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As a predominantly low density suburb, Belmore’s character will undergo dramatic change if the urban renewal plans are adopted.

The change in character will be particularly apparent at Acacia and Myall Sts, which were first subdivided in 1922 as part of Redman’s Estate and are lined with single-storey character homes. These streets are proposed to be redeveloped for skyscrapers up to 25 storeys, overlooking adjacent Terry Lamb Reserve. It would seem likely the towers will destroy the ambience and peace of the reserve, which also contains Belmore Sportsground.

A series of other low-density streets around the Belmore railway station are proposed to be redeveloped for anything from five to eighteen storey housing.

Belmore was a focal point for the development of homes for soldiers returning from World War I. Through the War Services Home Commission, returned servicemen were able to apply for government assistance to finance approved plans and specifications for houses. The houses were usually conventional in style, and were designed by the War Service Homes Division or private architects.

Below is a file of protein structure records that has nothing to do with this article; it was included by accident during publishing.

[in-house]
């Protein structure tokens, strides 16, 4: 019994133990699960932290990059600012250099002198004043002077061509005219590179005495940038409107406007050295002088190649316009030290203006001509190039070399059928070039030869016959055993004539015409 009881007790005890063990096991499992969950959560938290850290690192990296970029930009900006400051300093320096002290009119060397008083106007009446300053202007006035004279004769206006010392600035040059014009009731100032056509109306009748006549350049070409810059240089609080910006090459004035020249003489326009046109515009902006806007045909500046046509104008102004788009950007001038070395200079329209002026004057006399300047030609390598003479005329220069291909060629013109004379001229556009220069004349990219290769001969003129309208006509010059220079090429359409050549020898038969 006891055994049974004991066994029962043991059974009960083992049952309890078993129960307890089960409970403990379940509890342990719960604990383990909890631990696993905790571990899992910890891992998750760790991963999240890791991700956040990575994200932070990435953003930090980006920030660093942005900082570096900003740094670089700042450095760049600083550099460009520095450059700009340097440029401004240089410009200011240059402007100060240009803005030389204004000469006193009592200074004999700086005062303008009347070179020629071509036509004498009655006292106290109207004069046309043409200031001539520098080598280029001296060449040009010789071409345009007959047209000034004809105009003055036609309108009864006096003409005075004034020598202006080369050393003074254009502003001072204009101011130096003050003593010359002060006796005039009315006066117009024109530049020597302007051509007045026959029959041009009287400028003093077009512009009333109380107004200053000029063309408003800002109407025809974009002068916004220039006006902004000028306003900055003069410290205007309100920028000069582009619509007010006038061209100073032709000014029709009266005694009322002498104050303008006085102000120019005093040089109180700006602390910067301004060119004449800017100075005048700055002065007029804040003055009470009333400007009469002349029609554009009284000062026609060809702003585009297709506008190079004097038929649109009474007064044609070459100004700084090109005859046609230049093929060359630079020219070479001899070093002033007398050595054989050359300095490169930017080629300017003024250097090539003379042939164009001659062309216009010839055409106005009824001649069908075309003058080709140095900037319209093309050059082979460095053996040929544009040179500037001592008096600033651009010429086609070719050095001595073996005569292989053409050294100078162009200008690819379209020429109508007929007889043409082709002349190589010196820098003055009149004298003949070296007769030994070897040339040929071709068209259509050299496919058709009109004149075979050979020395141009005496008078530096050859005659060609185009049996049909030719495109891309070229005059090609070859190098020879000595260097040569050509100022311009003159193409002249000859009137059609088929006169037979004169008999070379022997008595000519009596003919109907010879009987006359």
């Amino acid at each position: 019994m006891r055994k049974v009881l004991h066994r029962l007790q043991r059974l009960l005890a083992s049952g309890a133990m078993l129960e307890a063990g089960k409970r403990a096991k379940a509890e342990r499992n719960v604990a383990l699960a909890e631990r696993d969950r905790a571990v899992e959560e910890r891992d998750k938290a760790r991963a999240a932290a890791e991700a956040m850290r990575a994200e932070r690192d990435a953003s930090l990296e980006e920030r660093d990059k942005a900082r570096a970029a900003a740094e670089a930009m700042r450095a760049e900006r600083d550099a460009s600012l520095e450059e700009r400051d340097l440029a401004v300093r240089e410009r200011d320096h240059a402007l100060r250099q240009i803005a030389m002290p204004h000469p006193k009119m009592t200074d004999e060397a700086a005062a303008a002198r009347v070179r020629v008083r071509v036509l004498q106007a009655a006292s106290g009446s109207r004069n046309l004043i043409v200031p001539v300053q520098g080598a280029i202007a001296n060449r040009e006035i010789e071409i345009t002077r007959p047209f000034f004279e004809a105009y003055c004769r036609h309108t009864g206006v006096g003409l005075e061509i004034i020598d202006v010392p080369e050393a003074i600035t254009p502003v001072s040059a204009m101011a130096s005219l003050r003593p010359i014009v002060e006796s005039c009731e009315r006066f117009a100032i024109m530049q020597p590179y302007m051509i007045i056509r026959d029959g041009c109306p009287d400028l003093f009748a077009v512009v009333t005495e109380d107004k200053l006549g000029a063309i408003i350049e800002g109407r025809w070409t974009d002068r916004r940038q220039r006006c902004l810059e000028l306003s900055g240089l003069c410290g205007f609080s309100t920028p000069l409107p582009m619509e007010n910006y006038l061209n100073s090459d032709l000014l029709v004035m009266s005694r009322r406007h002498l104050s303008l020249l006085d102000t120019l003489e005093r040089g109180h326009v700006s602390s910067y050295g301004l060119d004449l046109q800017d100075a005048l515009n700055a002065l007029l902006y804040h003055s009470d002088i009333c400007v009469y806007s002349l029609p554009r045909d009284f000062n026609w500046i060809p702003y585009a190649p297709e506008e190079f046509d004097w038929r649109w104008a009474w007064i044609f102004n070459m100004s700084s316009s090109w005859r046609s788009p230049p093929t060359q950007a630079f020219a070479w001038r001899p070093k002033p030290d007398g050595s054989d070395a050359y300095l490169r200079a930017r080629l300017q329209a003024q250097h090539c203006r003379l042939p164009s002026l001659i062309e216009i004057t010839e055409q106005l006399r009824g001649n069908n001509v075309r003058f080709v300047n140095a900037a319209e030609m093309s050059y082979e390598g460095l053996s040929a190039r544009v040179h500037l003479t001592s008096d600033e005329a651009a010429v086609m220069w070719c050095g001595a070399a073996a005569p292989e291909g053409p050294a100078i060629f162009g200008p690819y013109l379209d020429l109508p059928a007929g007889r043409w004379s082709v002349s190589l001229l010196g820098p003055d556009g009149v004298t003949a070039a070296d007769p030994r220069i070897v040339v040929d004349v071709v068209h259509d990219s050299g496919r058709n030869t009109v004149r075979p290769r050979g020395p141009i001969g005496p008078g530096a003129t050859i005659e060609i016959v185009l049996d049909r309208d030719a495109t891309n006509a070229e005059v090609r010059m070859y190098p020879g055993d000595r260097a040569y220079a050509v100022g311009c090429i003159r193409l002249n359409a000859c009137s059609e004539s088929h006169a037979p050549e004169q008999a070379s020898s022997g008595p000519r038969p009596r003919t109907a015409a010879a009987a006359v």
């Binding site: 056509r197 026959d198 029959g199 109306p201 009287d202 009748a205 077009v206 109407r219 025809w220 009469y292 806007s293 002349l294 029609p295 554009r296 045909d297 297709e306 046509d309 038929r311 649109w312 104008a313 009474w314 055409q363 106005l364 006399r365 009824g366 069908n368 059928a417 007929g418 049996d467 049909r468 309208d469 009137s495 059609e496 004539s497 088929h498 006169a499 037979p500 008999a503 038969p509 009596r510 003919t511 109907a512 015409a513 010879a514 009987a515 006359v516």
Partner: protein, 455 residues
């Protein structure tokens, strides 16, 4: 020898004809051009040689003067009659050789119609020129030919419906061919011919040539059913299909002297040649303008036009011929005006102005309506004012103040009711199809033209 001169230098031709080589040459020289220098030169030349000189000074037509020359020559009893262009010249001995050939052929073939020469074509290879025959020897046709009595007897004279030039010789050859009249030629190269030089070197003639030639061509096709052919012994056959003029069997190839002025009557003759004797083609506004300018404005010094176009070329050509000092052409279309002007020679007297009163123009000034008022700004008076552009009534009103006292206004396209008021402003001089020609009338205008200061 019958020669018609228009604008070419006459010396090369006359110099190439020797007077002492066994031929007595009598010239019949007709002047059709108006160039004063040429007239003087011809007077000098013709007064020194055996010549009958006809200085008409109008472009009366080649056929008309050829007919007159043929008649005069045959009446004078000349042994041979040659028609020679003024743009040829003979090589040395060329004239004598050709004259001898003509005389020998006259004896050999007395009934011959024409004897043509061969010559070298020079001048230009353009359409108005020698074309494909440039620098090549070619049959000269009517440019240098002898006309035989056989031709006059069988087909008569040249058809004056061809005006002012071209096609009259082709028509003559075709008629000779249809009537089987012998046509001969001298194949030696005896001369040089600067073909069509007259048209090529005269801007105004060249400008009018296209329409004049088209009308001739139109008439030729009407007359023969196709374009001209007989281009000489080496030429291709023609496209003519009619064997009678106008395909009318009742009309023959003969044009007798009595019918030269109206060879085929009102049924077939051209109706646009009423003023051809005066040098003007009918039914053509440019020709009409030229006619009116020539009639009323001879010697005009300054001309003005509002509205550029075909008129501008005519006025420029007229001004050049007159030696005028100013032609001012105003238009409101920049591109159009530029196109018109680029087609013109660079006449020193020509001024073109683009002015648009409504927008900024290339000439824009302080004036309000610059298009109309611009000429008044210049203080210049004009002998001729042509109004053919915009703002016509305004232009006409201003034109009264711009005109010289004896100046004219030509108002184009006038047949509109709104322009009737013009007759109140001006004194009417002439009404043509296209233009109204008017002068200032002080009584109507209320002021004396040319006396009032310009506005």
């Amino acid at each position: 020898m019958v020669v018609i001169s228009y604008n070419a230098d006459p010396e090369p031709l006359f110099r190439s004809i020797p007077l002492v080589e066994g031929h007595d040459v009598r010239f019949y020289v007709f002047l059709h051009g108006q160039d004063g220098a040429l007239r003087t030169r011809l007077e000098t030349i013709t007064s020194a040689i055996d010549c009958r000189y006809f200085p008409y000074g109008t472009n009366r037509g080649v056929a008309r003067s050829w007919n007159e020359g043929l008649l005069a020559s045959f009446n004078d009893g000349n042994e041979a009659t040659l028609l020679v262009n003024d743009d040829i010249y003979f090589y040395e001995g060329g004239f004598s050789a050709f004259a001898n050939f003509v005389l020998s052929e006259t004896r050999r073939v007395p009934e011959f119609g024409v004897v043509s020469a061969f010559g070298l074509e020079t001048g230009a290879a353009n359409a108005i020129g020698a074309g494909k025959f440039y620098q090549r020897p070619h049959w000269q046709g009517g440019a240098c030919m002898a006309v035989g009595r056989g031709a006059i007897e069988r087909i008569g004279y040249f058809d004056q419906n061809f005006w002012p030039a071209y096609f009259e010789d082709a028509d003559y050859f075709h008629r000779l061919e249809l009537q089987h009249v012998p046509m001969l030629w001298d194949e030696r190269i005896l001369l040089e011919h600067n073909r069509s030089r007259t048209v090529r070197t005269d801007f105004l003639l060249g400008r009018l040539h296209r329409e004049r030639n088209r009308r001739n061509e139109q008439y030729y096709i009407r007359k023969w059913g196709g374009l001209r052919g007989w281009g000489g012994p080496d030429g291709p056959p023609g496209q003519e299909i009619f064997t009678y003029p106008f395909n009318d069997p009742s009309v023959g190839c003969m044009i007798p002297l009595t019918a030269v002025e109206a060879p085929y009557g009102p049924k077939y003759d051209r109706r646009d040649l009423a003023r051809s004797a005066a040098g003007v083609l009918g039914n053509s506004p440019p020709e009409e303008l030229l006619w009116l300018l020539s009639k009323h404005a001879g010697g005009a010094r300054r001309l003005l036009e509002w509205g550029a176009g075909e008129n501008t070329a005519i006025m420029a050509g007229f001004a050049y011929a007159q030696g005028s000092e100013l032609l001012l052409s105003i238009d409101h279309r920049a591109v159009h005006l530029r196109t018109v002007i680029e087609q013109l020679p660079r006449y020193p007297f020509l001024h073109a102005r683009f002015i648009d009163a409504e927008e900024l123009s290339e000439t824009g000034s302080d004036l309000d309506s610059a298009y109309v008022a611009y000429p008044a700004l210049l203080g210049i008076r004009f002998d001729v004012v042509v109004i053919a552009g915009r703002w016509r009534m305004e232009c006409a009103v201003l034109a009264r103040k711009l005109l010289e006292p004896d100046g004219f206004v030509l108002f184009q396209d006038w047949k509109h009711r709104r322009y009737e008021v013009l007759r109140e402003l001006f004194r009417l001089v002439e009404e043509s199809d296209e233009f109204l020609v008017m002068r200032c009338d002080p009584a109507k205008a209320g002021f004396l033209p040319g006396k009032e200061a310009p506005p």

The suburb was the home for the first war services home built in Australia, in 1919. A number of streets proposed for wholesale demolition by these urban renewal plans, including Cleary Avenue, Belmore Avenue, Redman Parade and Peel Street, contain a large number of commission homes.

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Acacia Street at Belmore where developed up to 18 storeys is proposed

Myall Avenue at Belmore, as currently (left) and after 18-storey towers are constructed as proposed under urban renewal plans

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